It was another typically hyperbolic statement from Tesla Motors CEO Elon Musk.
A simple tweet on a Sunday afternoon claimed that Tesla was “About to end range anxiety ... via [over-the-air] software update. Affects entire Model S fleet.”
As usual, the media erupted with wild speculation about what Musk could do to "end range anxiety” in cars the company had sold more than two years ago.
But when the actual announcement came, it seemed to disappoint a number of people: route planning and an alerting system didn’t sound so exciting.
So why do I think there is much more to this announcement than do other commentators?
A truth universally acknowledged by electric-car owners is that people who’ve never lived with a plug-in vehicle don’t really understand how they work in real life.
Range anxiety is largely a mythical bogeyman. I view it as something that petrolheads tell other petrolheads to keep the cult of liquid fuel alive.
Electric-car owners know the range capabilities of their cars. They drive on regular routes, day in and day out, using similar amounts of electricity, and they know what their cars can and can't do.
Planning an out-of-the-ordinary trip, however, requires some help. Especially one that hasn’t been made before and when the overall trip, including return, is close to or beyond the car's range.
ALSO SEE: The Epic Failure Of Better Place, As Covered By Fast Company (Apr 2014)
What Musk actually announced on Thursday sounds quite similar to what failed battery-switching startup Better Place delivered several years ago in Israel (and Denmark).
In fact, I predicted as much last week.
Better Place Route Map
Musk spoke about two integrated systems, "Range Assurance" and "Trip Planner," that would work together.
Back in 2012 when I picked up my Better Place Renault Fluence ZE, I had capabilities remarkably similar to those Tesla announced.
Whenever my battery dropped below 12 percent, I would get a phone call from an actual person. He or she would ask if I knew where I was going--and would, if necessary, remotely re-route me to a charge spot or battery-switching station.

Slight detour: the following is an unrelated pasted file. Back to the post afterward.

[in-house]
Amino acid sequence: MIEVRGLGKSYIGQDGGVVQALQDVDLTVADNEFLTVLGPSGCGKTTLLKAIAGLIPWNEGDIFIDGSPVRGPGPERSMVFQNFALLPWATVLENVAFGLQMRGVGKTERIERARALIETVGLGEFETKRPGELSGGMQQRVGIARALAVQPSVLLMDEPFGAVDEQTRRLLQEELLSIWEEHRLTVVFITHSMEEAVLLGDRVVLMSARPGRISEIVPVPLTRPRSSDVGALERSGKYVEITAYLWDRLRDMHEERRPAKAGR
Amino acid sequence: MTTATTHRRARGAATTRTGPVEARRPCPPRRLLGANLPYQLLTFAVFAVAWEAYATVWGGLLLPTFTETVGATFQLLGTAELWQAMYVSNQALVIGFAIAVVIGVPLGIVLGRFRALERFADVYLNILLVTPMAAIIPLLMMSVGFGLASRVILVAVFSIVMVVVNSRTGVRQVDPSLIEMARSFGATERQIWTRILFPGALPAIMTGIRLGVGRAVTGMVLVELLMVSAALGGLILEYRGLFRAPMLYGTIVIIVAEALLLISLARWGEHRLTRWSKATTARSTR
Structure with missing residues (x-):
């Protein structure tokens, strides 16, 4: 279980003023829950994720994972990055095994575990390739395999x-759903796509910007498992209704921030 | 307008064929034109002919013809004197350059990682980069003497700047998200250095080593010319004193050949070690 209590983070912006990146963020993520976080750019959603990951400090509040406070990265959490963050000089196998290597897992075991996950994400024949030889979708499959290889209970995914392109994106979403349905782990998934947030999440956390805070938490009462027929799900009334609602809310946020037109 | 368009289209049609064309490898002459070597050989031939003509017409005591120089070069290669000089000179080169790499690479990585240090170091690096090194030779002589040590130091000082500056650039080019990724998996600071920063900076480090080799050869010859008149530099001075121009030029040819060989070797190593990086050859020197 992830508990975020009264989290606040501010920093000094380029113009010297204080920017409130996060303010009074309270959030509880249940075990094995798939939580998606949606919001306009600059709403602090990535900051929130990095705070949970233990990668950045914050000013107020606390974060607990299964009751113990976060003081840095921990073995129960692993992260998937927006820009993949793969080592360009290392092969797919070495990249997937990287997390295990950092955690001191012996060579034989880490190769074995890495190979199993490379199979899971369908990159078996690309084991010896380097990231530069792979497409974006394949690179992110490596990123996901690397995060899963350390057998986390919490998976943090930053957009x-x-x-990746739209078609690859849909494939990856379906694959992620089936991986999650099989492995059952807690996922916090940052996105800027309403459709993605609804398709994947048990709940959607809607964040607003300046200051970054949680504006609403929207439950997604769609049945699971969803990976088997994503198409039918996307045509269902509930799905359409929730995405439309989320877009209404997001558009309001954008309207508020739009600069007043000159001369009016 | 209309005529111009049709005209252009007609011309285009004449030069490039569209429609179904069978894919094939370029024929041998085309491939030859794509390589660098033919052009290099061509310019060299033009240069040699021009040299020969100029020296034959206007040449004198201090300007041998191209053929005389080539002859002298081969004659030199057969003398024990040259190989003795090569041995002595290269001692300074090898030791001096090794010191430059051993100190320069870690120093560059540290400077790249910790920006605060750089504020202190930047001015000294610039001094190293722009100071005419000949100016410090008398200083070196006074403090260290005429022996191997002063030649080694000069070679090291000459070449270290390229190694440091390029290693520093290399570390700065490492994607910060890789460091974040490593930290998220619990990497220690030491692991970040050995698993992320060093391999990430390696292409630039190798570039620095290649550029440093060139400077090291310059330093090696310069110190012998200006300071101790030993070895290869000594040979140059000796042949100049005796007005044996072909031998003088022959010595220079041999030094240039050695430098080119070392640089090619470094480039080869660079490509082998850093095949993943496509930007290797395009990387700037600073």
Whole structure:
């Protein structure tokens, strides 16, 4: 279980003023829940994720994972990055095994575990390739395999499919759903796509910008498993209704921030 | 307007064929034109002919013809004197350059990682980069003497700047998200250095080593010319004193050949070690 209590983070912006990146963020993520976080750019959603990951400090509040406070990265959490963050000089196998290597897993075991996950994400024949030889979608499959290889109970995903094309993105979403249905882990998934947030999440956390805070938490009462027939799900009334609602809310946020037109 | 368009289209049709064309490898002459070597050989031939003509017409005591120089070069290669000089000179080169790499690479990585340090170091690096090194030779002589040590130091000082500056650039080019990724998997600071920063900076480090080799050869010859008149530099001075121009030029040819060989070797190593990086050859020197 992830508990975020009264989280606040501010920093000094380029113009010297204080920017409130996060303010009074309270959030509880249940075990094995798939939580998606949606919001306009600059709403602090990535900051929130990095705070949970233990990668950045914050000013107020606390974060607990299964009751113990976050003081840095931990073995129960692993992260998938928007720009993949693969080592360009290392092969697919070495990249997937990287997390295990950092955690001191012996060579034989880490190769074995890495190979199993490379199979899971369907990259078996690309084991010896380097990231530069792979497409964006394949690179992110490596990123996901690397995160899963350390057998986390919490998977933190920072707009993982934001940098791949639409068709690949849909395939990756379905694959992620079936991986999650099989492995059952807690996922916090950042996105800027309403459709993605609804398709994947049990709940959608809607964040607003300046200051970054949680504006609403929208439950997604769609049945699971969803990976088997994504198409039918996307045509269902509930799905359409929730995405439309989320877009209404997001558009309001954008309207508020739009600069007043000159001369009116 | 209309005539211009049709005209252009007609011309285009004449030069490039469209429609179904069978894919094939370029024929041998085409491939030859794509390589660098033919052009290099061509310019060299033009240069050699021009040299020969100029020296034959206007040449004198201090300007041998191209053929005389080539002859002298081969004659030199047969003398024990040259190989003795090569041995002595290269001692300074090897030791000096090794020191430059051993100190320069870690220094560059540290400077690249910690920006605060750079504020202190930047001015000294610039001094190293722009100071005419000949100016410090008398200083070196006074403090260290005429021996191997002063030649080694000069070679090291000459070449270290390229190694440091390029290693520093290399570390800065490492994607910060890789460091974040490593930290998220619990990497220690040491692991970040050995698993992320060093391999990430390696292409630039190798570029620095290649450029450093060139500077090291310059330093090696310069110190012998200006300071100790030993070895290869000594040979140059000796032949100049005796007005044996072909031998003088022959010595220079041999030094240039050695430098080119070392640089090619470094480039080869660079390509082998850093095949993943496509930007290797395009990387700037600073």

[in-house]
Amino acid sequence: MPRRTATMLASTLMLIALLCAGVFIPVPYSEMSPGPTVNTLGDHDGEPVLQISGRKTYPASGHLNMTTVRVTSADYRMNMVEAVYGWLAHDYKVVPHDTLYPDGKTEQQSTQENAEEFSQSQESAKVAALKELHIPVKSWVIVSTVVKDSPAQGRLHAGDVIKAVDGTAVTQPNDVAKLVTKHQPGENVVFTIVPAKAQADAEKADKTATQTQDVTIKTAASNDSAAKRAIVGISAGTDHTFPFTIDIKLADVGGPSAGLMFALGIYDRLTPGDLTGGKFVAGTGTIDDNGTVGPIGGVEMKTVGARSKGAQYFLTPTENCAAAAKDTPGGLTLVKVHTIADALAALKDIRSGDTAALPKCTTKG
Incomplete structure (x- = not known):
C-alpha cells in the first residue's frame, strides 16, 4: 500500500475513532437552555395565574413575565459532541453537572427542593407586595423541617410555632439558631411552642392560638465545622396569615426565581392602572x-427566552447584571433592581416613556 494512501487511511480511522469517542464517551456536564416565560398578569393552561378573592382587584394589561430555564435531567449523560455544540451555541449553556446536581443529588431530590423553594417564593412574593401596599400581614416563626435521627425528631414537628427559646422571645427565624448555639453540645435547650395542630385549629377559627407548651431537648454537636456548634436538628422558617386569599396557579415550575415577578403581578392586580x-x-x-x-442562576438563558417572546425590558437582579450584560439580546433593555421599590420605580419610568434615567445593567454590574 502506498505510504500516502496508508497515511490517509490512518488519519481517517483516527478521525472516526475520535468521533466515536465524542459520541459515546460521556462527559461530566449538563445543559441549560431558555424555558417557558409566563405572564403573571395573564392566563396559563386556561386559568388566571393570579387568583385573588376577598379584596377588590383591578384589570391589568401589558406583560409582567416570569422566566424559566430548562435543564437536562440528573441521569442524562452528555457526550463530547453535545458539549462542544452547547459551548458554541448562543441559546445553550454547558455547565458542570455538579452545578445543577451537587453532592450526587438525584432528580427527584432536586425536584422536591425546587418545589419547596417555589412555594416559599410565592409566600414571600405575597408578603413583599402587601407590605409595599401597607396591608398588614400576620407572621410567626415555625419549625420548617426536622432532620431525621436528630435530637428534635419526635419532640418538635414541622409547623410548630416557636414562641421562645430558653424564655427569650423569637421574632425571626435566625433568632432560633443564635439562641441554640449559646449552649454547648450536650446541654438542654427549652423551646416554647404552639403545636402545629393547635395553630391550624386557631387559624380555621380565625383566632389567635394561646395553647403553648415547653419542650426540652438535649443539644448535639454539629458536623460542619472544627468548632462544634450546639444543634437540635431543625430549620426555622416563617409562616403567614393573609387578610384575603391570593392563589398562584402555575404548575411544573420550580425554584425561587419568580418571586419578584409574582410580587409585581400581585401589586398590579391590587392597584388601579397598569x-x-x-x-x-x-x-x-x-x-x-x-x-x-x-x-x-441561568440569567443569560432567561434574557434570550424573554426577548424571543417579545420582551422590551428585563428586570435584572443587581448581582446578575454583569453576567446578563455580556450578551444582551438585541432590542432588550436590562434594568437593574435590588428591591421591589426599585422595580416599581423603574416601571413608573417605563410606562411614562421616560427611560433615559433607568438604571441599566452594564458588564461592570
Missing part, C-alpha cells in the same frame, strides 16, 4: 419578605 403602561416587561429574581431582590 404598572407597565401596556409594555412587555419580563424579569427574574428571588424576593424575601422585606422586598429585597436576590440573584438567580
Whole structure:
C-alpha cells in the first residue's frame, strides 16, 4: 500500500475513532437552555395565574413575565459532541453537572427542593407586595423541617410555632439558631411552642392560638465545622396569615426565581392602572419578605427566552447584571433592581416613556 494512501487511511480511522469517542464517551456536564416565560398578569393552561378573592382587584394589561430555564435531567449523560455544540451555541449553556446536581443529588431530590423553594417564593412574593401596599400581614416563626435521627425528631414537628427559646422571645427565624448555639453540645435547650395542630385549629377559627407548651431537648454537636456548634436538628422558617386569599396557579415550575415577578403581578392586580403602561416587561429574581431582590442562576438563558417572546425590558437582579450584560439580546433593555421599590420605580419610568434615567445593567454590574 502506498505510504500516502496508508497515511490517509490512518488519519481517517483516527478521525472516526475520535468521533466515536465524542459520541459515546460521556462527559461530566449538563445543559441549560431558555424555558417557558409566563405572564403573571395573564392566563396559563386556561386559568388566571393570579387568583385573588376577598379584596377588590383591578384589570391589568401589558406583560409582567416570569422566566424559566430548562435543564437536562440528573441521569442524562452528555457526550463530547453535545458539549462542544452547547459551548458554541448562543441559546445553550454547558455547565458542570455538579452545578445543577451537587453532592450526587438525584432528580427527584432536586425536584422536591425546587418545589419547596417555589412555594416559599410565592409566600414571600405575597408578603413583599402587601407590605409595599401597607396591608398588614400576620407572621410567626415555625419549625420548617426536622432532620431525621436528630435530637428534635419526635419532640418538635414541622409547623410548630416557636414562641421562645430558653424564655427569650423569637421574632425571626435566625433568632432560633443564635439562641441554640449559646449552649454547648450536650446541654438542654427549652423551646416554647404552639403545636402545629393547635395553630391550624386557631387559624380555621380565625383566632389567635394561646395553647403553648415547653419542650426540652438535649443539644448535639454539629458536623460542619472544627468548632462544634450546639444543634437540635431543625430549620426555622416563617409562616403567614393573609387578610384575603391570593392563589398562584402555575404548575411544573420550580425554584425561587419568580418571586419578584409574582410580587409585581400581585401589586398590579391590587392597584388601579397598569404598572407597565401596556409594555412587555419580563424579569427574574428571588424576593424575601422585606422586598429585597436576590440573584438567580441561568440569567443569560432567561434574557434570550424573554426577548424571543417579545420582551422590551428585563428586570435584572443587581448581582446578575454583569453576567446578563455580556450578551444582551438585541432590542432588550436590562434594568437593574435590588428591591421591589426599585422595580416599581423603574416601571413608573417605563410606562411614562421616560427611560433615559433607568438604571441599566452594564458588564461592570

I filmed a video of the trip planning feature, including the system working out a 220-mile route from Tel Aviv to Eilat involving multiple battery switches along the way. Effortlessly.
Both of these features also took into account the real-time status of the infrastructure.
Better Place was aware of the status of everything in their network--switch stations, Level 2 charging stations, and cars--and if a switch station wasn't working, drivers would be alerted and re-routed.
Better Place Battery Swapping
Even back then, I knew the company had future plans that included demand forecasting at switch stations and demand management, including live diversion of drivers to alternate switch stations.
The important part, largely missed in other media reports, is the power of a single centralized operator that can control large aspects of the whole electric-car experience.
By running its own network of Superchargers, and with data from a growing network of simpler, slower "destination chargers," Tesla is building features that none of the established carmakers even seem to be interested in having.
From my experience with the much more limited-range Renault Fluence ZE, with its battery just one-quarter the size of the one in a Tesla Model S, this kind of assistance was immensely valuable. Even today I still use the trip-planning system often.
Tesla Model S - Trip Planner feature
Tesla has now become a highly-integrated vertical electric-vehicle business.
Perhaps it represents a failure in the rest of the market, one that forces Tesla to do more. Or perhaps Tesla is pursuing a deliberate strategy it had all along.
Either way, it’s much further ahead than most observers appear to see.
And this latest announcement puts even more daylight between Tesla and any other vehicle manufacturer.